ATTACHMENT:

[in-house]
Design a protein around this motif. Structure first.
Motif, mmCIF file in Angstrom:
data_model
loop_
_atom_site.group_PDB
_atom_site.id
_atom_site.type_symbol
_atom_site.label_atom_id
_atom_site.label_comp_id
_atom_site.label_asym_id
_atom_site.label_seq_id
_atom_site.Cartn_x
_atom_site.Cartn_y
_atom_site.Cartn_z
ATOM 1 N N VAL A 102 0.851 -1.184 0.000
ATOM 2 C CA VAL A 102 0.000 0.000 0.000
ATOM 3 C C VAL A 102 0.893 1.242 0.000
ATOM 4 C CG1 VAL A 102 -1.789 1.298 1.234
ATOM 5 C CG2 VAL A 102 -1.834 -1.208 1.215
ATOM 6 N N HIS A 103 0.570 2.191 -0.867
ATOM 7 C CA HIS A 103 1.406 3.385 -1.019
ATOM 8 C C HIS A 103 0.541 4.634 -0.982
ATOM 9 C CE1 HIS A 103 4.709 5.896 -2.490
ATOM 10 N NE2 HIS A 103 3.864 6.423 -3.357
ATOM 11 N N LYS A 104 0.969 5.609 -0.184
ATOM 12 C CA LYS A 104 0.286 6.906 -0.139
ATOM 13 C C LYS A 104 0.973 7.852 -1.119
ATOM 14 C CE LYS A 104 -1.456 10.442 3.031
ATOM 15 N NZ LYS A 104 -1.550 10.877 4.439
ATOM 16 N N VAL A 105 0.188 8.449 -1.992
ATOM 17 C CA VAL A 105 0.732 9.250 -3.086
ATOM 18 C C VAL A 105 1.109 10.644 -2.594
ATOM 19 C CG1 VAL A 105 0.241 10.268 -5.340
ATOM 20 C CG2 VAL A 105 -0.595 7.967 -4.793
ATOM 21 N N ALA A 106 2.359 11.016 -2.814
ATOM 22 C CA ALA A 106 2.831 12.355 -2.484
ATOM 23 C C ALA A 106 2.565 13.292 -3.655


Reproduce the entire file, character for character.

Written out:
[in-house]
Design a protein around this motif. Structure first.
Motif, mmCIF file in Angstrom:
data_model
loop_
_atom_site.group_PDB
_atom_site.id
_atom_site.type_symbol
_atom_site.label_atom_id
_atom_site.label_comp_id
_atom_site.label_asym_id
_atom_site.label_seq_id
_atom_site.Cartn_x
_atom_site.Cartn_y
_atom_site.Cartn_z
ATOM 1 N N VAL A 102 0.851 -1.184 0.000
ATOM 2 C CA VAL A 102 0.000 0.000 0.000
ATOM 3 C C VAL A 102 0.893 1.242 0.000
ATOM 4 C CG1 VAL A 102 -1.789 1.298 1.234
ATOM 5 C CG2 VAL A 102 -1.834 -1.208 1.215
ATOM 6 N N HIS A 103 0.570 2.191 -0.867
ATOM 7 C CA HIS A 103 1.406 3.385 -1.019
ATOM 8 C C HIS A 103 0.541 4.634 -0.982
ATOM 9 C CE1 HIS A 103 4.709 5.896 -2.490
ATOM 10 N NE2 HIS A 103 3.864 6.423 -3.357
ATOM 11 N N LYS A 104 0.969 5.609 -0.184
ATOM 12 C CA LYS A 104 0.286 6.906 -0.139
ATOM 13 C C LYS A 104 0.973 7.852 -1.119
ATOM 14 C CE LYS A 104 -1.456 10.442 3.031
ATOM 15 N NZ LYS A 104 -1.550 10.877 4.439
ATOM 16 N N VAL A 105 0.188 8.449 -1.992
ATOM 17 C CA VAL A 105 0.732 9.250 -3.086
ATOM 18 C C VAL A 105 1.109 10.644 -2.594
ATOM 19 C CG1 VAL A 105 0.241 10.268 -5.340
ATOM 20 C CG2 VAL A 105 -0.595 7.967 -4.793
ATOM 21 N N ALA A 106 2.359 11.016 -2.814
ATOM 22 C CA ALA A 106 2.831 12.355 -2.484
ATOM 23 C C ALA A 106 2.565 13.292 -3.655